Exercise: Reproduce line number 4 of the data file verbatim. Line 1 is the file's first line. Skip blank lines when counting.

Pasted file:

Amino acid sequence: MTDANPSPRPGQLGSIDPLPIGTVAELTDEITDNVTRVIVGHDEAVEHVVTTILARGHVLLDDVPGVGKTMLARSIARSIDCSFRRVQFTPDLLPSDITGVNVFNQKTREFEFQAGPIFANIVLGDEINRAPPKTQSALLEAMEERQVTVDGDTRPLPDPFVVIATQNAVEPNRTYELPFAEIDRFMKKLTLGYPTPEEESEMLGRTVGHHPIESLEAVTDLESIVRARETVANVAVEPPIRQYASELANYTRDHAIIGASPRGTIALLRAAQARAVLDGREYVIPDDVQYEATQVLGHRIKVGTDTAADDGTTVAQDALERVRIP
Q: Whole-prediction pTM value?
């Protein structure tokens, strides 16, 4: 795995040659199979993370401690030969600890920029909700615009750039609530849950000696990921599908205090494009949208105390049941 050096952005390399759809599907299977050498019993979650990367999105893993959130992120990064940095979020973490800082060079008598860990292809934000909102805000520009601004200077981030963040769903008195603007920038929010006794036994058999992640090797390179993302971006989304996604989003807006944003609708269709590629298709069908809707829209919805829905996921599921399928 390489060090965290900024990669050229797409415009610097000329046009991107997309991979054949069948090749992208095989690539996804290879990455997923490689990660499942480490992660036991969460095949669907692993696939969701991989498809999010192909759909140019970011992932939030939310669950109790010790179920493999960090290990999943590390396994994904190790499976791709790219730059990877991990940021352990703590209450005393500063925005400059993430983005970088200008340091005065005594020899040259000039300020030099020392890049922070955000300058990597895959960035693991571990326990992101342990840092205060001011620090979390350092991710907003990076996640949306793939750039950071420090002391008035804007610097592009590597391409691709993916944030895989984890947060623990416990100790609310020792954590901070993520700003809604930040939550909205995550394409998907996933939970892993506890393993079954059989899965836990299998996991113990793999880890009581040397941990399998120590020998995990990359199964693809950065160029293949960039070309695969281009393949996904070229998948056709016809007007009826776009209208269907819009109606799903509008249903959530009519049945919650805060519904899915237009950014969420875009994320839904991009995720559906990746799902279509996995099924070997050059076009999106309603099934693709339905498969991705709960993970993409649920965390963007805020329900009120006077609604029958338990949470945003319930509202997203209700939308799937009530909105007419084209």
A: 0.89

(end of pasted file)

A: 0.89